After weeks of relative placidity about the global spread of the novel coronavirus, financial markets snapped to attention last week and plunged with dizzying speed. U.S. stocks lost nearly 12% and $3.5 trillion was erased for U.S.-listed stocks. It was the worst week for stocks since the financial crisis in October of 2008.
It may get worse still. The rapid spread the virus combined with the swift reaction in multiple countries to impose restrictions on travel and daily life represented first an economic blow to industries such as airlines and tourism and then, because the epicenter of the virus began in China in the city of Wuhan, to global supply chains that rely on Chinese components. That in itself might not have triggered a market panic, but markets have been so strong and so steady that they were poised for a fall—or so many have been saying for months. The virus, in addition to its real-world implications, was a match for financial markets that had become the equivalent of dry tinder. The ingredients for a conflagration were there, and all it took was a spark.
Market players like to endlessly debate whether stocks and bonds are trading at some mythical “right” price. Before this current plunge, there was no dearth of voices arguing that stocks were massively overvalued and that bonds and interest rates have been kept way too low by central banks that still haven’t returned to normal more than a decade since the last major financial crisis. Others were saying, not unreasonably, that while stock prices are elevated, historically speaking, they reflect sound fundamentals: companies such as the big tech leaders Apple, Amazon, Google, and Microsoft have been making oodles of money and hefty double-digit profits and so, according to the more bullish reasoning, deserve hefty premiums in the stock prices.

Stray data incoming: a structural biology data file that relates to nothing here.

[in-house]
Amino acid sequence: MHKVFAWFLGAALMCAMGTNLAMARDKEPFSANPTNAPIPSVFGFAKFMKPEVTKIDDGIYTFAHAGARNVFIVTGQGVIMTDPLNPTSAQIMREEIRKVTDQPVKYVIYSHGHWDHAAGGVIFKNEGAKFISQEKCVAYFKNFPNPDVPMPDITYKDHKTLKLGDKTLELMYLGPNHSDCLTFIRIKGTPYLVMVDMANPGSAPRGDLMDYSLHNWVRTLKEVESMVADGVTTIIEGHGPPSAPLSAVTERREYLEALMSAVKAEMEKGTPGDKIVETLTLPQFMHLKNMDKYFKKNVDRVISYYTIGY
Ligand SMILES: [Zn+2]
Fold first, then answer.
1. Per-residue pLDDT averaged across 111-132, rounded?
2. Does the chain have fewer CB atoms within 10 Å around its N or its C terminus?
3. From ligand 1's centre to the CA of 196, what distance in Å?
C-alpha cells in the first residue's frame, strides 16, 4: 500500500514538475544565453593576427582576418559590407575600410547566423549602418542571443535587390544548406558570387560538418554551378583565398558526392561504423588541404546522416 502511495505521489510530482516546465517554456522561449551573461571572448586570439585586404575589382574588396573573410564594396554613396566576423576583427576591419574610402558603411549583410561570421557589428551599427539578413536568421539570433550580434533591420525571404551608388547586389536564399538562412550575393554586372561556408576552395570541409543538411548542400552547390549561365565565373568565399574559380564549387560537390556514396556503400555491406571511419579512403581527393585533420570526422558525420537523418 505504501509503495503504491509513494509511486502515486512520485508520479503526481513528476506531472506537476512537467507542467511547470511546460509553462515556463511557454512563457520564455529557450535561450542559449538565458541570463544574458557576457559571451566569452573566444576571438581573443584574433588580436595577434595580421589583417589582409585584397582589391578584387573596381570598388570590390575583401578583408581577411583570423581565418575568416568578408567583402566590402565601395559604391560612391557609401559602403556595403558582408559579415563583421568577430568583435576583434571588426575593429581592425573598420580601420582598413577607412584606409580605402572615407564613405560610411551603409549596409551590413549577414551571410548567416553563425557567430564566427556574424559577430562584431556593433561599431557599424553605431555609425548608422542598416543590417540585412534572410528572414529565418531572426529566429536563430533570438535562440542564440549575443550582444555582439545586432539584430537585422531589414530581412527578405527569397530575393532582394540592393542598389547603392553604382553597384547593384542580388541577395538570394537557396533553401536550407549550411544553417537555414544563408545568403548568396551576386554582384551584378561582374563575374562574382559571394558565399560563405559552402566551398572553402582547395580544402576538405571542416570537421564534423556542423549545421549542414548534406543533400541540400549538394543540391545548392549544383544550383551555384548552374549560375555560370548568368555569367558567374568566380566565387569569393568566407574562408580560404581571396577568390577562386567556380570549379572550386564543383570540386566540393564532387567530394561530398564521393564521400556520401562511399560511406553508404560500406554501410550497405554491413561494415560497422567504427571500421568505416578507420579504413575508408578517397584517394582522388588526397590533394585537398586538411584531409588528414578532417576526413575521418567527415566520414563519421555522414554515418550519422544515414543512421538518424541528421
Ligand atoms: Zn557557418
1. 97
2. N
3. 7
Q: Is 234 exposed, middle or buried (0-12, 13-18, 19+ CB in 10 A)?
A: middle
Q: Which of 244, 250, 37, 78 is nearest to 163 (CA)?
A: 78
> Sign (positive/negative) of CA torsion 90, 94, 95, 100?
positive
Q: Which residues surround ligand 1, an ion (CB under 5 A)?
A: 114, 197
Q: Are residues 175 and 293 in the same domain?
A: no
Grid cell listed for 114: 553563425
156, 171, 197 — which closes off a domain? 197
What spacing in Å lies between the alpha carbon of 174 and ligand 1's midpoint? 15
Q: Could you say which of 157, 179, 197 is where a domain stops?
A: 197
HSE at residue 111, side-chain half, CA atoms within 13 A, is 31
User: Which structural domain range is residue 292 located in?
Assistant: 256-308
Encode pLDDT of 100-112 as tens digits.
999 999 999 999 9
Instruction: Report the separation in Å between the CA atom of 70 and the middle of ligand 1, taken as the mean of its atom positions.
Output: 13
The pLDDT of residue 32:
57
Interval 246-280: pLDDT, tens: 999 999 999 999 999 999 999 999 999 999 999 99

No matter which side of this eternal divide between bulls and bears one falls on, one thing has been undeniable: markets spent almost all of 2019 in an upward drift with very little sharp movements. And one thing that modern financial markets do not tend to do for extended periods of time is stay calm. There have always been financial panics and long before our modern world of hyper-connectivity fueled by technology and instantaneity there have been sudden and nauseating market plunges.
Markets today are a strange mix of people and programs, traders and algorithms, large institutions and individuals, active and passive funds. There is no clear data about how much of activity in financial markets is triggered by humans actively making decisions versus pre-existing programs (algorithms) but reputable estimates by banks such as J.P. Morgan place computer-driven trading at more than 75% of all trades. Those programs, created and maintained by hedge-funds, by large banks and pension plans and by asset managers, and now by passive funds created by the likes of Vanguard and Fidelity that make their way into millions of retirement accounts, not only initiate trades based on how markets are moving and the news of the day but then feed on themselves when markets start moving swiftly down. Trades and swift movement of prices trigger more trades and counter trades of selling and then buying and then more selling.